To hire Gov. Bobby Jindal’s former aide, Tim Barfield, as the state’s new revenue secretary at more than double the normal pay, the Jindal administration had to create a new position in state government.
Along with the title of acting secretary, Barfield will add executive counsel to his business cards. The Jindal administration created the counsel position to circumvent limitations that would have prevented Barfield from being paid more than his predecessor.
“We wanted to bring Tim in as soon as possible,” Commissioner of Administration Paul Rainwater, the governor’s chief budget adviser, said Friday. “The Legislature’s going to have an opportunity to approve his salary. This was the quickest way to bring Tim in.”
The Jindal administration agreed to pay Barfield $250,000 a year for his combined roles, making him one of the governor’s highest-paid Cabinet secretaries.
The Revenue Department’s previous secretary, Cynthia Bridges, made $124,000 a year.
The problem with paying Barfield more than Bridges is that legislators only agreed to pay the revenue secretary $124,000 when they adopted the state’s $25.6 billion operating budget earlier this year.
One option was for the Jindal administration to hold off on hiring Barfield until the Legislature returns to the State Capitol next year. The new salary could then be included in next year’s state budget.
Rainwater said the Jindal administration did not want to wait that long.
Instead, the administration submitted paperwork with the state Department of Civil Service “activating” the position of executive counsel until the Legislature can approve Barfield’s appointment and salary.
The Revenue Department currently does not have an executive counsel.
“We’re simply using the existing authority,” Rainwater said.
Former Gov. Kathleen Blanco ran into a similar problem when she wanted to increase Cabinet secretaries’ salaries in 2004 in order to add several new hires to her administration.
Senate President John Alario, then a state representative, filed a resolution during a special session spelling out the problem.
“In the case of executive branch department officers appointed by the governor, including the secretaries of the cabinet departments, the Executive Reorganization Act generally provides that the salary of such officer shall be fixed by the governor and that such salary shall not exceed the amount approved for such position by the legislature while in session,” the resolution read.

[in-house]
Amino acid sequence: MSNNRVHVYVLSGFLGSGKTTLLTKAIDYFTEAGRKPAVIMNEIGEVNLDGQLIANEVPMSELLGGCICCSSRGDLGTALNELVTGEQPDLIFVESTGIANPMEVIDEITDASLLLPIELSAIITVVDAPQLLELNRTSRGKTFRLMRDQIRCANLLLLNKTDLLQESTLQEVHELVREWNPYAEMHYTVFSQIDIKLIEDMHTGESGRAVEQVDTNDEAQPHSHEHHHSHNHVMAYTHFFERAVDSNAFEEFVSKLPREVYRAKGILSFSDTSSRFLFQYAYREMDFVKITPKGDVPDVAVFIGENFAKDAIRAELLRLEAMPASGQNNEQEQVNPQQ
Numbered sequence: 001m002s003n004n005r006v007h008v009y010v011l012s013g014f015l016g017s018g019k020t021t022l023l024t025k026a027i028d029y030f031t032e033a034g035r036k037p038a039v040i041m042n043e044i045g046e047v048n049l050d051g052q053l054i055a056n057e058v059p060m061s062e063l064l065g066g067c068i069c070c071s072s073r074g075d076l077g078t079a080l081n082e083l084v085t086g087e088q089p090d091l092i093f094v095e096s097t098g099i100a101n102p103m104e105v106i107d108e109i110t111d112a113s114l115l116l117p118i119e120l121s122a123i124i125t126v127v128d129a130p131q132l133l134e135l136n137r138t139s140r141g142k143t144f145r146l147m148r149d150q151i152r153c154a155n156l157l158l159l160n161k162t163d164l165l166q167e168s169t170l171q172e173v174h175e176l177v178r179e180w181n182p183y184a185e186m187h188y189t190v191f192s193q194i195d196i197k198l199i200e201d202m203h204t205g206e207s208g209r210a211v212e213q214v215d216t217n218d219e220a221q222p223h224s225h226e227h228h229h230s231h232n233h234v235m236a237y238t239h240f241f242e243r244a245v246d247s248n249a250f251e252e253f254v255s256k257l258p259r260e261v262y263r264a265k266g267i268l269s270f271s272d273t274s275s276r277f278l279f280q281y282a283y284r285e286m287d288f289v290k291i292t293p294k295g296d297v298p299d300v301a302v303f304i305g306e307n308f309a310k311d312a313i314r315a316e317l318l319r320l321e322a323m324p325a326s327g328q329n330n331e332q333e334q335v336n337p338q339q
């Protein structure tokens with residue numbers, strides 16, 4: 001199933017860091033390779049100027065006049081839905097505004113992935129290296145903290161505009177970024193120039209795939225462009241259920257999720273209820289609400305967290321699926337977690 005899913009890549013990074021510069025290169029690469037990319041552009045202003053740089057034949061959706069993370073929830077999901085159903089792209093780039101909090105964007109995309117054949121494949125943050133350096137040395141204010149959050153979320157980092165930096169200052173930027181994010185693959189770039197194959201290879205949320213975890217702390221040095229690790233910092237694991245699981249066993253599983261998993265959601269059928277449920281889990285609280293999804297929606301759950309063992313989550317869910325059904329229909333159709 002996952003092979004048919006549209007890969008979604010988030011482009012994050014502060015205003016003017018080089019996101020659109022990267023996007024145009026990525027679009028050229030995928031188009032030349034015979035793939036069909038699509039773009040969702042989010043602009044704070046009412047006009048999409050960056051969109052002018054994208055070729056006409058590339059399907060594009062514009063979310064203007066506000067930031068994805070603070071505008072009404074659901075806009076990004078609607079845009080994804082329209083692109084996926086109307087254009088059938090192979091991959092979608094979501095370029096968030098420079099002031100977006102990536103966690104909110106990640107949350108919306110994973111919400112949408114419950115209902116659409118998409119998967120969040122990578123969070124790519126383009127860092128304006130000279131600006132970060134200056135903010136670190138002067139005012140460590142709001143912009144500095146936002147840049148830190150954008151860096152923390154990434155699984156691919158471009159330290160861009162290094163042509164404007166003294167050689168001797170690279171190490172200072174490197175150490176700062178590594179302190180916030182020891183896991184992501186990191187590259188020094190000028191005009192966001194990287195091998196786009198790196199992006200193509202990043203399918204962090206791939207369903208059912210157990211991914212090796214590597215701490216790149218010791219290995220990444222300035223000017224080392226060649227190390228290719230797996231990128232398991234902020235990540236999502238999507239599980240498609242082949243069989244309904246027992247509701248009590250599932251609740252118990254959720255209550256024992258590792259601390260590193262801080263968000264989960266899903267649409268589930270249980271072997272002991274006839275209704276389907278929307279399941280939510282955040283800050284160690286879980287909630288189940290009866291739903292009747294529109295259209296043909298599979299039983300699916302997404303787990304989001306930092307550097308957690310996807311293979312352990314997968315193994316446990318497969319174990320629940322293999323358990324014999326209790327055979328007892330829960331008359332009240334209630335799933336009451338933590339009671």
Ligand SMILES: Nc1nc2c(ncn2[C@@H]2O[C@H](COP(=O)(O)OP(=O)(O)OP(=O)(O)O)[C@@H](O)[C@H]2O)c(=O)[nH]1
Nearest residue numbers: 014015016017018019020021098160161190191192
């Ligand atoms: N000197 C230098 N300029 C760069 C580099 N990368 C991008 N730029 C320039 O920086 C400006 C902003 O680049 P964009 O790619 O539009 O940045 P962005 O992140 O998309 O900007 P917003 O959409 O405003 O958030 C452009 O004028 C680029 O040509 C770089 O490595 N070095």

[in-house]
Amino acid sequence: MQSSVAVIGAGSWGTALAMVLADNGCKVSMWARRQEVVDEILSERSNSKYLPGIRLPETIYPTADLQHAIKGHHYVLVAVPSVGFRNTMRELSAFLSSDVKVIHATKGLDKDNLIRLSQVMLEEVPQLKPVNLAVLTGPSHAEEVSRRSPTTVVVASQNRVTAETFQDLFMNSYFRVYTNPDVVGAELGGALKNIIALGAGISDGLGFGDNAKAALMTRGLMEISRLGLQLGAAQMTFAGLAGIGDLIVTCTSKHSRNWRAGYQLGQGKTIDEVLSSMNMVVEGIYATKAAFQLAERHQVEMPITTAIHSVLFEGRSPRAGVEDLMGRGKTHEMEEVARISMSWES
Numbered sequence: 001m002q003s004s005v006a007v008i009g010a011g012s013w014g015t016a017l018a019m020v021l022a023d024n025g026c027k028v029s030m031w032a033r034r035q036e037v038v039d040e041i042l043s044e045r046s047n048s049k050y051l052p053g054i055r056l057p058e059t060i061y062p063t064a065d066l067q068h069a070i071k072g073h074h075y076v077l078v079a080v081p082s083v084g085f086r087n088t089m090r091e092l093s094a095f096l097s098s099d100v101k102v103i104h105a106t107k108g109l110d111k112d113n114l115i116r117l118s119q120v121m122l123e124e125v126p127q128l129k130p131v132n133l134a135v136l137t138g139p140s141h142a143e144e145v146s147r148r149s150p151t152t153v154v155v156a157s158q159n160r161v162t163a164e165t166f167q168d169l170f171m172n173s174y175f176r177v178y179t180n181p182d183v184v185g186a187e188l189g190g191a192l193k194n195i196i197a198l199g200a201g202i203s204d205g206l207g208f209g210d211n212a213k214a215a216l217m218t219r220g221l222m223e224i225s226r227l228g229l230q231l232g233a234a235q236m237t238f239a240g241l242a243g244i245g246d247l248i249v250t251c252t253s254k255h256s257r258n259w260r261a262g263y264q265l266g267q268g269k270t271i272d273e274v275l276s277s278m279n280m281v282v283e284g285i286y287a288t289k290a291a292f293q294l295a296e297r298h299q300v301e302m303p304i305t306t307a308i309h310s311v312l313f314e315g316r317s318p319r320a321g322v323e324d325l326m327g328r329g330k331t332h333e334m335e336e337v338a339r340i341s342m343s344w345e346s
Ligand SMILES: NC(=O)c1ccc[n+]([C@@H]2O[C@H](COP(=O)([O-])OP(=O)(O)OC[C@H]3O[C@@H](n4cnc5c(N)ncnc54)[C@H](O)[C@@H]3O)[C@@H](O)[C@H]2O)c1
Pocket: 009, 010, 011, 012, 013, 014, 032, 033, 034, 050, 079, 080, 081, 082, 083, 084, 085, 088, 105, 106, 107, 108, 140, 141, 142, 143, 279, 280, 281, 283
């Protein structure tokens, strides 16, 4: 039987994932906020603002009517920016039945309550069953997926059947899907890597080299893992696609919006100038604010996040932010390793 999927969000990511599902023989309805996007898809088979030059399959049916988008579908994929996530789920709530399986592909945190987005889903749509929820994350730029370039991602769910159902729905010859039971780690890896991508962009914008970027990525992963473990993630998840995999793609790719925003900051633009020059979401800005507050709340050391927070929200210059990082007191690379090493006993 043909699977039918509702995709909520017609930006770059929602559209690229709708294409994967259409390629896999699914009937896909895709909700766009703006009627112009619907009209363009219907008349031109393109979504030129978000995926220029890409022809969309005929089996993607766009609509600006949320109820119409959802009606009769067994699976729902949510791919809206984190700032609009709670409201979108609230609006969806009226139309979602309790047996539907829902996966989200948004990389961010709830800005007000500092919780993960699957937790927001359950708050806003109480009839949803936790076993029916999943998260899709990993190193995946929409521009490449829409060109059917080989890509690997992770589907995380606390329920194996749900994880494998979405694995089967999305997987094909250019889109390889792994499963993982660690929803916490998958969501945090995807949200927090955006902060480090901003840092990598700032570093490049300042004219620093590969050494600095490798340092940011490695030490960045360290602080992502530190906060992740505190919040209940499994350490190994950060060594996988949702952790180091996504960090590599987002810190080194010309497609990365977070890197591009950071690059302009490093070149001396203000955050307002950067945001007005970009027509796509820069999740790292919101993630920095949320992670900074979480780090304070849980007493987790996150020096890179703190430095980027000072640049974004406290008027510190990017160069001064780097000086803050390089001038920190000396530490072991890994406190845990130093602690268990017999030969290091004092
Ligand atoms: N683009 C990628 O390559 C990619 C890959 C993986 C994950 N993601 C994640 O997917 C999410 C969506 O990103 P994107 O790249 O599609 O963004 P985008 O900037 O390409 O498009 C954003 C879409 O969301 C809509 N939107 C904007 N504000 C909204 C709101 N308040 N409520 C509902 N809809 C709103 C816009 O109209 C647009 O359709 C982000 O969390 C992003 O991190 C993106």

The Legislature agreed to the resolution, raising the salaries of the secretaries of economic development and the state Department of Health and Hospitals.
Alario, R-Westwego, said Friday that he does not recall the resolution or the reasons for introducing it.
He said there is some grumbling among legislators about Barfield’s salary although it is not a groundswell of opposition.
Barfield said he plans to start work with the state in October after wrapping up his job as chief development officer for Baton Rouge-based Amedisys.
He said he did not pursue the Cabinet job despite previously serving as labor secretary and the governor’s executive counsel. “They approached me,” Barfield said.
He said the job is a unique opportunity.
Barfield is joining a Jindal administration grappling with deep financial problems. Health-care funding just was slashed by millions of dollars.
Despite the money woes, Rainwater said the state easily can find the extra dollars to pay Barfield.
“That’s one tenth of one percent of the (revenue) department’s budget,” Rainwater said.
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